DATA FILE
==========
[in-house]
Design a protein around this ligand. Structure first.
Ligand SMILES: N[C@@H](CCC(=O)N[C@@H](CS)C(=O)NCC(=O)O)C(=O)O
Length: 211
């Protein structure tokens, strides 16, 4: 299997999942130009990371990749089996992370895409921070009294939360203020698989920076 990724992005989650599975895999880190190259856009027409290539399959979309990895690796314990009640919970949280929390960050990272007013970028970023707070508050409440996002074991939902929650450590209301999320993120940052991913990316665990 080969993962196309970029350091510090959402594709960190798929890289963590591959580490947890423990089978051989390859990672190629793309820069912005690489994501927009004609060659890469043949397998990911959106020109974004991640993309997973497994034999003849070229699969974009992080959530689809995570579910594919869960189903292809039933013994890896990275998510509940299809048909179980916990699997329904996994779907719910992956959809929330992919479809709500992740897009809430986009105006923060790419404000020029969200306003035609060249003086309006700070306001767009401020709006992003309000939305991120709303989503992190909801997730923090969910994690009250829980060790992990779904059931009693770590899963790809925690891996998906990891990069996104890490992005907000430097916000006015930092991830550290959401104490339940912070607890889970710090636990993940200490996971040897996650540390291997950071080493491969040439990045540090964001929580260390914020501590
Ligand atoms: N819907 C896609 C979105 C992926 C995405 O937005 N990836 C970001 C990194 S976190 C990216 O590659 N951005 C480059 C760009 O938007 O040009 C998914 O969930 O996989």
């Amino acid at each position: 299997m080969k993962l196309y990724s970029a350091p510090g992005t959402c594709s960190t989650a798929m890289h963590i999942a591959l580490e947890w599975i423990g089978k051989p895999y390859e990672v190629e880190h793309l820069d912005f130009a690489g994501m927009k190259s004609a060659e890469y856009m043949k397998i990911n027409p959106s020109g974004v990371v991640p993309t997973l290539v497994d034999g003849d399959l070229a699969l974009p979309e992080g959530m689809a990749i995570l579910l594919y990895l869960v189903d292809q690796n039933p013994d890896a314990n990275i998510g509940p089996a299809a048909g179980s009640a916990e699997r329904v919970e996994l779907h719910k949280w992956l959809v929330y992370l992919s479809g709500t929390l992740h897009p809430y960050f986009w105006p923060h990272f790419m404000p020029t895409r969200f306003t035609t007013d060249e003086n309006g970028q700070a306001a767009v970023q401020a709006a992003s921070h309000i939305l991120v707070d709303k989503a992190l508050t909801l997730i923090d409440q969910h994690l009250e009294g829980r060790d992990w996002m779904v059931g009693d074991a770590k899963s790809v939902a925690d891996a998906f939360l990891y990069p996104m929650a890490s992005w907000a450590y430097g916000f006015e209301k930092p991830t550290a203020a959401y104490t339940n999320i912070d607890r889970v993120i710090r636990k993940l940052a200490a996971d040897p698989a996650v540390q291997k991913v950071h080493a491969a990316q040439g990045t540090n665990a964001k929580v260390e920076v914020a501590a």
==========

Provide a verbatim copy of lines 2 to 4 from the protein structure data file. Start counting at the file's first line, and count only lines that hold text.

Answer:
Design a protein around this ligand. Structure first.
Ligand SMILES: N[C@@H](CCC(=O)N[C@@H](CS)C(=O)NCC(=O)O)C(=O)O
Length: 211